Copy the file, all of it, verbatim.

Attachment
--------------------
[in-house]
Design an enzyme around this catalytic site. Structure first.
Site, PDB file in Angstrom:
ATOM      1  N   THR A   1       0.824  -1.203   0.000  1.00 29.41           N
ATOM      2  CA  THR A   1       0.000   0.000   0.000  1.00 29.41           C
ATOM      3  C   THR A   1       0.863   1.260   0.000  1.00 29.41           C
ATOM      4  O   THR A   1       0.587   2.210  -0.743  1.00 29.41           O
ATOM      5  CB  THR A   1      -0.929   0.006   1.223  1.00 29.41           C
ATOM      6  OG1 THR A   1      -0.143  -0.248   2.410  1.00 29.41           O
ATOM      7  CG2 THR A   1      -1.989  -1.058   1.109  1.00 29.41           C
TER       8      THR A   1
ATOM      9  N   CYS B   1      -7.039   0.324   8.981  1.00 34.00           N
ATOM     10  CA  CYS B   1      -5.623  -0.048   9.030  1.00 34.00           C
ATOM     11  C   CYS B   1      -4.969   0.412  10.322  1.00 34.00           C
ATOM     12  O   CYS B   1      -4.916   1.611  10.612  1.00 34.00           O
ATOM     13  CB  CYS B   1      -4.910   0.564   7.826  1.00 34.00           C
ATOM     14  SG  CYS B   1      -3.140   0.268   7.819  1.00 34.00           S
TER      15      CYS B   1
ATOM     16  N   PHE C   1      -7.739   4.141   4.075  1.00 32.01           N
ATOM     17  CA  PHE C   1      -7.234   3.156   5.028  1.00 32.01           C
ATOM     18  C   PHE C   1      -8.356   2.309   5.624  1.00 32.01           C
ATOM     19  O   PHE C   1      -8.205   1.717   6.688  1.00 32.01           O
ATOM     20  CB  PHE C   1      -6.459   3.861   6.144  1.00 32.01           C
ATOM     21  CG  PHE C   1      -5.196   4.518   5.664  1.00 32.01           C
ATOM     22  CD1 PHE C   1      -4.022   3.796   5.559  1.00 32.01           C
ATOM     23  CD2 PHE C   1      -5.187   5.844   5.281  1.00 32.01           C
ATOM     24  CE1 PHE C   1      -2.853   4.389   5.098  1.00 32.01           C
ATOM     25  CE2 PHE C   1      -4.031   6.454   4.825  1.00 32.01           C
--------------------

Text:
[in-house]
Design an enzyme around this catalytic site. Structure first.
Site, PDB file in Angstrom:
ATOM      1  N   THR A   1       0.824  -1.203   0.000  1.00 29.41           N
ATOM      2  CA  THR A   1       0.000   0.000   0.000  1.00 29.41           C
ATOM      3  C   THR A   1       0.863   1.260   0.000  1.00 29.41           C
ATOM      4  O   THR A   1       0.587   2.210  -0.743  1.00 29.41           O
ATOM      5  CB  THR A   1      -0.929   0.006   1.223  1.00 29.41           C
ATOM      6  OG1 THR A   1      -0.143  -0.248   2.410  1.00 29.41           O
ATOM      7  CG2 THR A   1      -1.989  -1.058   1.109  1.00 29.41           C
TER       8      THR A   1
ATOM      9  N   CYS B   1      -7.039   0.324   8.981  1.00 34.00           N
ATOM     10  CA  CYS B   1      -5.623  -0.048   9.030  1.00 34.00           C
ATOM     11  C   CYS B   1      -4.969   0.412  10.322  1.00 34.00           C
ATOM     12  O   CYS B   1      -4.916   1.611  10.612  1.00 34.00           O
ATOM     13  CB  CYS B   1      -4.910   0.564   7.826  1.00 34.00           C
ATOM     14  SG  CYS B   1      -3.140   0.268   7.819  1.00 34.00           S
TER      15      CYS B   1
ATOM     16  N   PHE C   1      -7.739   4.141   4.075  1.00 32.01           N
ATOM     17  CA  PHE C   1      -7.234   3.156   5.028  1.00 32.01           C
ATOM     18  C   PHE C   1      -8.356   2.309   5.624  1.00 32.01           C
ATOM     19  O   PHE C   1      -8.205   1.717   6.688  1.00 32.01           O
ATOM     20  CB  PHE C   1      -6.459   3.861   6.144  1.00 32.01           C
ATOM     21  CG  PHE C   1      -5.196   4.518   5.664  1.00 32.01           C
ATOM     22  CD1 PHE C   1      -4.022   3.796   5.559  1.00 32.01           C
ATOM     23  CD2 PHE C   1      -5.187   5.844   5.281  1.00 32.01           C
ATOM     24  CE1 PHE C   1      -2.853   4.389   5.098  1.00 32.01           C
ATOM     25  CE2 PHE C   1      -4.031   6.454   4.825  1.00 32.01           C